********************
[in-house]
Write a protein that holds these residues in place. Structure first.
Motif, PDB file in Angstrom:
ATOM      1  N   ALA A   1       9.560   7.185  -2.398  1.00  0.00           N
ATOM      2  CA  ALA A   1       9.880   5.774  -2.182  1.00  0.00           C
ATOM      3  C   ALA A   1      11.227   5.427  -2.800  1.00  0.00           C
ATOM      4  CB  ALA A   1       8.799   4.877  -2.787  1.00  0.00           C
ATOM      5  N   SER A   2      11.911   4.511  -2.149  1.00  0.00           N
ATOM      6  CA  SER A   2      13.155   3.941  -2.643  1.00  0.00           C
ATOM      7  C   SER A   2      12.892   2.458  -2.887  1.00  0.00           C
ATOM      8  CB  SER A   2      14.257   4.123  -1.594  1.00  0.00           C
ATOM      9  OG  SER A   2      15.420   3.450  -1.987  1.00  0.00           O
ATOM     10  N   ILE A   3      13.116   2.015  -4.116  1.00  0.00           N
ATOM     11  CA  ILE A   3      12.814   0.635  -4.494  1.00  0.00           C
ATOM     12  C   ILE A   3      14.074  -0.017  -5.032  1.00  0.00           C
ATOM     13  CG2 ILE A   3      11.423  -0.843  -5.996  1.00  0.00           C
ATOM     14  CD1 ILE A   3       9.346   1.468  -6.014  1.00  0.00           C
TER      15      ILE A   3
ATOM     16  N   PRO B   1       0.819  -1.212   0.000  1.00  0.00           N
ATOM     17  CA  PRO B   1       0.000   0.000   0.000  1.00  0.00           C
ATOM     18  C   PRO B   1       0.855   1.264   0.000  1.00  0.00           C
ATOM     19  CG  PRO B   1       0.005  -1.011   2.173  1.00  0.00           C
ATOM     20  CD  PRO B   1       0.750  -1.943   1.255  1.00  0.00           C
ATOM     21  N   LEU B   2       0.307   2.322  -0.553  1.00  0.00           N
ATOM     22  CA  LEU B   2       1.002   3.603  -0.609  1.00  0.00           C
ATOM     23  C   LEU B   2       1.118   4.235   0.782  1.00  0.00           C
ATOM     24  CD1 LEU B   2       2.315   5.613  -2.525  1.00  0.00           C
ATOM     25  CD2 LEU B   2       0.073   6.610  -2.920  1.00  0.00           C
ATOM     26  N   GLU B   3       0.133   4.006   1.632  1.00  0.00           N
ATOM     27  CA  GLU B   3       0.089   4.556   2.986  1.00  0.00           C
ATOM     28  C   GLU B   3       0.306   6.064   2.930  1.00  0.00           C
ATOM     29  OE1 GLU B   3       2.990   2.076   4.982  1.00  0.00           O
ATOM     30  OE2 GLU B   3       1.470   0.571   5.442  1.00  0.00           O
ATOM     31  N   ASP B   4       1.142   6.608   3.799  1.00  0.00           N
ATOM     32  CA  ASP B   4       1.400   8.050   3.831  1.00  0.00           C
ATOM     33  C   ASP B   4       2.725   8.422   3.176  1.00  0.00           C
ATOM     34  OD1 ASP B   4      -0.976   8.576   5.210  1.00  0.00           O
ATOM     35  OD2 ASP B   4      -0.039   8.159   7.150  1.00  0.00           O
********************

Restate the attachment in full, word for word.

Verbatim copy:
[in-house]
Write a protein that holds these residues in place. Structure first.
Motif, PDB file in Angstrom:
ATOM      1  N   ALA A   1       9.560   7.185  -2.398  1.00  0.00           N
ATOM      2  CA  ALA A   1       9.880   5.774  -2.182  1.00  0.00           C
ATOM      3  C   ALA A   1      11.227   5.427  -2.800  1.00  0.00           C
ATOM      4  CB  ALA A   1       8.799   4.877  -2.787  1.00  0.00           C
ATOM      5  N   SER A   2      11.911   4.511  -2.149  1.00  0.00           N
ATOM      6  CA  SER A   2      13.155   3.941  -2.643  1.00  0.00           C
ATOM      7  C   SER A   2      12.892   2.458  -2.887  1.00  0.00           C
ATOM      8  CB  SER A   2      14.257   4.123  -1.594  1.00  0.00           C
ATOM      9  OG  SER A   2      15.420   3.450  -1.987  1.00  0.00           O
ATOM     10  N   ILE A   3      13.116   2.015  -4.116  1.00  0.00           N
ATOM     11  CA  ILE A   3      12.814   0.635  -4.494  1.00  0.00           C
ATOM     12  C   ILE A   3      14.074  -0.017  -5.032  1.00  0.00           C
ATOM     13  CG2 ILE A   3      11.423  -0.843  -5.996  1.00  0.00           C
ATOM     14  CD1 ILE A   3       9.346   1.468  -6.014  1.00  0.00           C
TER      15      ILE A   3
ATOM     16  N   PRO B   1       0.819  -1.212   0.000  1.00  0.00           N
ATOM     17  CA  PRO B   1       0.000   0.000   0.000  1.00  0.00           C
ATOM     18  C   PRO B   1       0.855   1.264   0.000  1.00  0.00           C
ATOM     19  CG  PRO B   1       0.005  -1.011   2.173  1.00  0.00           C
ATOM     20  CD  PRO B   1       0.750  -1.943   1.255  1.00  0.00           C
ATOM     21  N   LEU B   2       0.307   2.322  -0.553  1.00  0.00           N
ATOM     22  CA  LEU B   2       1.002   3.603  -0.609  1.00  0.00           C
ATOM     23  C   LEU B   2       1.118   4.235   0.782  1.00  0.00           C
ATOM     24  CD1 LEU B   2       2.315   5.613  -2.525  1.00  0.00           C
ATOM     25  CD2 LEU B   2       0.073   6.610  -2.920  1.00  0.00           C
ATOM     26  N   GLU B   3       0.133   4.006   1.632  1.00  0.00           N
ATOM     27  CA  GLU B   3       0.089   4.556   2.986  1.00  0.00           C
ATOM     28  C   GLU B   3       0.306   6.064   2.930  1.00  0.00           C
ATOM     29  OE1 GLU B   3       2.990   2.076   4.982  1.00  0.00           O
ATOM     30  OE2 GLU B   3       1.470   0.571   5.442  1.00  0.00           O
ATOM     31  N   ASP B   4       1.142   6.608   3.799  1.00  0.00           N
ATOM     32  CA  ASP B   4       1.400   8.050   3.831  1.00  0.00           C
ATOM     33  C   ASP B   4       2.725   8.422   3.176  1.00  0.00           C
ATOM     34  OD1 ASP B   4      -0.976   8.576   5.210  1.00  0.00           O
ATOM     35  OD2 ASP B   4      -0.039   8.159   7.150  1.00  0.00           O